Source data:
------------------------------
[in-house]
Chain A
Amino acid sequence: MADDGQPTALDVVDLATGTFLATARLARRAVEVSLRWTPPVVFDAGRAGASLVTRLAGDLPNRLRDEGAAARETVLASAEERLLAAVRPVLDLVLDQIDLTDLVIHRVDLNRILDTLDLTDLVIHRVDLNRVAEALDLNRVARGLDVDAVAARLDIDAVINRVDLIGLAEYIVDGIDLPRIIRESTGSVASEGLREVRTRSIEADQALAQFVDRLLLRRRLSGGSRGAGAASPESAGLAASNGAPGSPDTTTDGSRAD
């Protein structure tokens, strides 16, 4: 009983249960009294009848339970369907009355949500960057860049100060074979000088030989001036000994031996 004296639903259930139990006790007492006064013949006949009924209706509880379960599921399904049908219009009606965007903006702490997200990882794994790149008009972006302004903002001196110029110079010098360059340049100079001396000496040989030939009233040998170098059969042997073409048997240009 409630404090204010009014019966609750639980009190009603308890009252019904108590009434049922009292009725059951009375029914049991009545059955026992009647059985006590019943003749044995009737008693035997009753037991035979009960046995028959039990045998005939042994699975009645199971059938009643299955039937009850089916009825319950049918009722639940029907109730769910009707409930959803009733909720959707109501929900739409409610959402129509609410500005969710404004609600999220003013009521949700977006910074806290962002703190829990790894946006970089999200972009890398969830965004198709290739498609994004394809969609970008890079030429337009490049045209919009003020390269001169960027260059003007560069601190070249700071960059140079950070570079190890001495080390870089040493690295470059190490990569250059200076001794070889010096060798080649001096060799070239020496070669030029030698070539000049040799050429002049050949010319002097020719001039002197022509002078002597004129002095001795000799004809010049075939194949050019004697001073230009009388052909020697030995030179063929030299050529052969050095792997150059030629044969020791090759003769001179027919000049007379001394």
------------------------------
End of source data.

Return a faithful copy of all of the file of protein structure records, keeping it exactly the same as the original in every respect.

[in-house]
Chain A
Amino acid sequence: MADDGQPTALDVVDLATGTFLATARLARRAVEVSLRWTPPVVFDAGRAGASLVTRLAGDLPNRLRDEGAAARETVLASAEERLLAAVRPVLDLVLDQIDLTDLVIHRVDLNRILDTLDLTDLVIHRVDLNRVAEALDLNRVARGLDVDAVAARLDIDAVINRVDLIGLAEYIVDGIDLPRIIRESTGSVASEGLREVRTRSIEADQALAQFVDRLLLRRRLSGGSRGAGAASPESAGLAASNGAPGSPDTTTDGSRAD
């Protein structure tokens, strides 16, 4: 009983249960009294009848339970369907009355949500960057860049100060074979000088030989001036000994031996 004296639903259930139990006790007492006064013949006949009924209706509880379960599921399904049908219009009606965007903006702490997200990882794994790149008009972006302004903002001196110029110079010098360059340049100079001396000496040989030939009233040998170098059969042997073409048997240009 409630404090204010009014019966609750639980009190009603308890009252019904108590009434049922009292009725059951009375029914049991009545059955026992009647059985006590019943003749044995009737008693035997009753037991035979009960046995028959039990045998005939042994699975009645199971059938009643299955039937009850089916009825319950049918009722639940029907109730769910009707409930959803009733909720959707109501929900739409409610959402129509609410500005969710404004609600999220003013009521949700977006910074806290962002703190829990790894946006970089999200972009890398969830965004198709290739498609994004394809969609970008890079030429337009490049045209919009003020390269001169960027260059003007560069601190070249700071960059140079950070570079190890001495080390870089040493690295470059190490990569250059200076001794070889010096060798080649001096060799070239020496070669030029030698070539000049040799050429002049050949010319002097020719001039002197022509002078002597004129002095001795000799004809010049075939194949050019004697001073230009009388052909020697030995030179063929030299050529052969050095792997150059030629044969020791090759003769001179027919000049007379001394």